Controlling to the National Estimates. Completing the shrinkage estimates does not produce the final state estimates. After converting the shrinkage estimates of poverty ratios to estimates of numbers of poor, the last step in the process is controlling the model-based state estimates of the number of poor people to the direct national estimate of numbers based on the CPS. We do not control estimates of state median household income to the national median because the estimation model does not produce the entire household income distribution, which would be required to do so.

Representing the Prior Census in the Poverty Rate Models. The prior census results appear in some form in each of the age-specific models of poverty. In the models for poor people age 65 and over in 1995, the poverty rate for that age group in the 1990 census is a predictor. For all other age groups, the representation of the prior census is somewhat more complex.

For each of the age groups 0-4, 5-17, and 18-64, we estimated a cross-sectional model for 1989, using the 1990 census poverty rate for the age group as the dependent variable and the census year values of the administrative data as predictors. The residuals from these cross-sectional regressions identify states in which the selected predictors either overestimate or underestimate poverty, as measured by the census. We used the residuals from the 1990 cross-sectional regression as predictors of poverty in 1995.

Estimating the Total Number of Poor People. We derived the estimate of the total number of poor people in a state by summing separate model-based estimates of the number of poor people by age (not limited to related children). The age groups with separate models were 1) people under 5 years of age, 2) people age 5 to 17 years, 3) people age 18 to 64 years, and 4) people age 65 years and over. Summing state-level estimates from separate models for these groups produces superior estimates of the total relative to a single state-level model for the total number of poor.

The Model for the Number of Poor People Ages 5 to 17

The model of 1995 state poverty ratios for related children age 5 to 17 years in families in poverty employs the following predictors:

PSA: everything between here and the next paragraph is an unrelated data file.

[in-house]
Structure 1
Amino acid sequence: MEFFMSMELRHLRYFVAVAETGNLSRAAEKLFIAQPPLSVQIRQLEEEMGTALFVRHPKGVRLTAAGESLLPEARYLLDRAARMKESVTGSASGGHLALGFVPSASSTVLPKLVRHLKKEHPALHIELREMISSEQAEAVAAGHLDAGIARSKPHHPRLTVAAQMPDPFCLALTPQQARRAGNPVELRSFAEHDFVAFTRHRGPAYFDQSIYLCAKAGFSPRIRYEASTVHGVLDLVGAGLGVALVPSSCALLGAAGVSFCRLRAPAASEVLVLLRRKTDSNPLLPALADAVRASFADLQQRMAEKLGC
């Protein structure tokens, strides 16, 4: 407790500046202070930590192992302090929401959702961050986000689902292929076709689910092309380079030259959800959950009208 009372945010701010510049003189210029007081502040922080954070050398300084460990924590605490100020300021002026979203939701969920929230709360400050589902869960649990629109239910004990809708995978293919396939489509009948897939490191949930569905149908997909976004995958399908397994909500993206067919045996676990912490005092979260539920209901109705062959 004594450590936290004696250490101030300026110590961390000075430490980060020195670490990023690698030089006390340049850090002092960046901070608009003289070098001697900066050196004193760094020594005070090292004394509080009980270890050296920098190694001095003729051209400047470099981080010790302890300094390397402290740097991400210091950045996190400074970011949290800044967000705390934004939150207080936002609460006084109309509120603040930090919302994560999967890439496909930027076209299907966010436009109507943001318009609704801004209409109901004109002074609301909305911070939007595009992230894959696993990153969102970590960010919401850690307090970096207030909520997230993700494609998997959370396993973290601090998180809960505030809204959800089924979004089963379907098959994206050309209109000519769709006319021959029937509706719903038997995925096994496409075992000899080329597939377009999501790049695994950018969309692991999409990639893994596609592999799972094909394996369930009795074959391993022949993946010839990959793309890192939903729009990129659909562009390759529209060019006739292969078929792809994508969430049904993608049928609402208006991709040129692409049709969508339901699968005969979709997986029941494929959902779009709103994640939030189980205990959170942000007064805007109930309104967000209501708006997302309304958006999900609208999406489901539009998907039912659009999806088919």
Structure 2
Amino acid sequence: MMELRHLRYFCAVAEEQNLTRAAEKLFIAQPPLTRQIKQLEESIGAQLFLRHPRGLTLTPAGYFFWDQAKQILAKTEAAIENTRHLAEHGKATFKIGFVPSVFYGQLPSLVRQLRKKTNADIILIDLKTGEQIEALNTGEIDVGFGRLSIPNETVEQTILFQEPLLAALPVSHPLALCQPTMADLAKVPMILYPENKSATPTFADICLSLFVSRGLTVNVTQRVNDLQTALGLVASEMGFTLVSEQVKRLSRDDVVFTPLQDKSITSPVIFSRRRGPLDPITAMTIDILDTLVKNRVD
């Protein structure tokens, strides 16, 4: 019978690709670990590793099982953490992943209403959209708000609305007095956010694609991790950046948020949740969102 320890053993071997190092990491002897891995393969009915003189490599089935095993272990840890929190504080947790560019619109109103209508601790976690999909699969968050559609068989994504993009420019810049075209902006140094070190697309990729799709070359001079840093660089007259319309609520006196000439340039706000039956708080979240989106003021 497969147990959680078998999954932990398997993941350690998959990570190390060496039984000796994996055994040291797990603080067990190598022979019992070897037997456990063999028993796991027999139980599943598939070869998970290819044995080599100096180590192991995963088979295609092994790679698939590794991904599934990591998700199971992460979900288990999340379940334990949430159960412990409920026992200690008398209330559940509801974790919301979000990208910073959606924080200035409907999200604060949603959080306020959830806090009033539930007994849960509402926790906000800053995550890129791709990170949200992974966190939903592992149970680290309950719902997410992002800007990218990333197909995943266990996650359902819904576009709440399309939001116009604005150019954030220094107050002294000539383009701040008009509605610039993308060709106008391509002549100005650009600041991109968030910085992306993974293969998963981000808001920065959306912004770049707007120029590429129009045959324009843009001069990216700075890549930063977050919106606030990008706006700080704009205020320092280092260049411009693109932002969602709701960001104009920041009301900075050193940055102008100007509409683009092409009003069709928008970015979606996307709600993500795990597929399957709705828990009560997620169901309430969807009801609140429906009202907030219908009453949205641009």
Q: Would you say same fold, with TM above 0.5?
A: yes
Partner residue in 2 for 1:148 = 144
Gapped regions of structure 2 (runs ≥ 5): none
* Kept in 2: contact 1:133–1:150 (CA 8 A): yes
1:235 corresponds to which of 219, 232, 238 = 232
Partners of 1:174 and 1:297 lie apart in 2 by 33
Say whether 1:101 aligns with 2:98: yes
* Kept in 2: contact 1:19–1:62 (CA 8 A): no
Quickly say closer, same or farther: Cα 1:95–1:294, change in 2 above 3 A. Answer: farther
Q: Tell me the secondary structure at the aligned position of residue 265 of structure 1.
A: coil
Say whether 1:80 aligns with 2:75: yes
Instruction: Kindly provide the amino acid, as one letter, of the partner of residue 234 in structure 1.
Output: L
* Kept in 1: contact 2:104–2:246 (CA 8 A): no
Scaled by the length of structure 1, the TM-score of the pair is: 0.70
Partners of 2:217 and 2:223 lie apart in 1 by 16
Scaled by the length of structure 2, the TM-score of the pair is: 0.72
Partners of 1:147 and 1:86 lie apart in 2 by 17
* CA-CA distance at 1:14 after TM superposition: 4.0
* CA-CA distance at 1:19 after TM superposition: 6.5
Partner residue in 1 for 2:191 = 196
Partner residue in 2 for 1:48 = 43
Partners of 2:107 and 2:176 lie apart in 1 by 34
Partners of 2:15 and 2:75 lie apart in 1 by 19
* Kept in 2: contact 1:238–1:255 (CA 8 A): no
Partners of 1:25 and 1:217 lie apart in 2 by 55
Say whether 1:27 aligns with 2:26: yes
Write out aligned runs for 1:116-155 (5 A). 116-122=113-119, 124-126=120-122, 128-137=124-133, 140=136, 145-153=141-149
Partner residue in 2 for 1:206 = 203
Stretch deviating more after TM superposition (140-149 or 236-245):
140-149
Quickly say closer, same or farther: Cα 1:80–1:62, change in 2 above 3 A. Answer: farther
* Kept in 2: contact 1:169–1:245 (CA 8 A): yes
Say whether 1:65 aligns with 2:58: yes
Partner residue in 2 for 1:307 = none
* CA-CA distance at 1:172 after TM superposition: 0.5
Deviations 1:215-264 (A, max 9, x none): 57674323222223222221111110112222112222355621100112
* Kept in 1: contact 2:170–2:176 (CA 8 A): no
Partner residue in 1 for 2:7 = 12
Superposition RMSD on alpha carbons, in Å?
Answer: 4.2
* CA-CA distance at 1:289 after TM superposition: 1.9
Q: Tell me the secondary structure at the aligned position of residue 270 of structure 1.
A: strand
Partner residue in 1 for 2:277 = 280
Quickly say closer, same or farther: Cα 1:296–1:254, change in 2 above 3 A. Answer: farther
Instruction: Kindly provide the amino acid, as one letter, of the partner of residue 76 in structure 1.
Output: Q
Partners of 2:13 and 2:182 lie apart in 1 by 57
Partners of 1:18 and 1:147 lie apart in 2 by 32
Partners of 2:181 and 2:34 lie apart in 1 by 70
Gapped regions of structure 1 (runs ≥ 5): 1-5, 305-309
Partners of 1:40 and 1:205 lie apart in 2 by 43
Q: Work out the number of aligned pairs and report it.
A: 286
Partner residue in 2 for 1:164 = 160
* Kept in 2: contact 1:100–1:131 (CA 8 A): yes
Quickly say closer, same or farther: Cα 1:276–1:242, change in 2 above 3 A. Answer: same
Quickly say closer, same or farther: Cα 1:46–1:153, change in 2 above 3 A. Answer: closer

• the 1995 "tax return poverty rate" for children -- the percentage of child exemptions entered on returns for which the adjusted gross income falls below the official poverty threshold for a family of the size implied by the number of exemptions on the return;
• the 1995 "nonfiler rate" for people under age 65 -- the difference between the estimated population under age 65 and the number of exemptions under age 65, expressed as a percentage of the population under age 65;
• the 1995 food stamp recipiency rate -- average number of participants of all ages per month in the food stamp program as a proportion of the total population;
• residuals from a regression of the 1990 census poverty rates for 1989 for all people 5 to 17 years of age on the 1989 values of these three variables; and
• an intercept term.

For further information on these variables, go to Information about Data Inputs.

The dependent variable is the 1995 state estimates of the ratio of poor related children age 5 to 17 years to the noninstitutional population of that age from the 1996 March CPS.

The residuals from the 1990 census identify states in which the selected predictors tend to either overestimate or underestimate poverty, as measured by the census. Note that only this independent variable refers to the group age 5 to 17 years.

To derive the 5 to 17 year old component of the total number of poor in 1995, we estimate an equation with the same independent variables using the 1995 state estimates of the ratio of the number of poor children age 5 to 17 (related and unrelated) to the noninstitutional population age 5 to 17 as the dependent variable.

We average the predicted ratio for each state with the CPS direct sample estimates using Empirical Bayes techniques, and transform the results into estimated numbers of poor by multiplying them by the appropriate estimate of the noninstitutional population (see the discussion of poverty rates and numbers of poor above in this section). Finally, we ratio-adjust the estimated numbers for each state to the CPS national estimate.

The Model for the Number of Poor People under Age 5

The model of 1995 state poverty ratios for people under age 5 employs the following predictors:

• the 1995 "tax return poverty rate" for people under age 65 years -- the number of exemptions under age 65 years which are on returns for which the adjusted gross income falls below the official poverty threshold for a family of the size implied by the number of exemptions on the return divided by the population for that age group;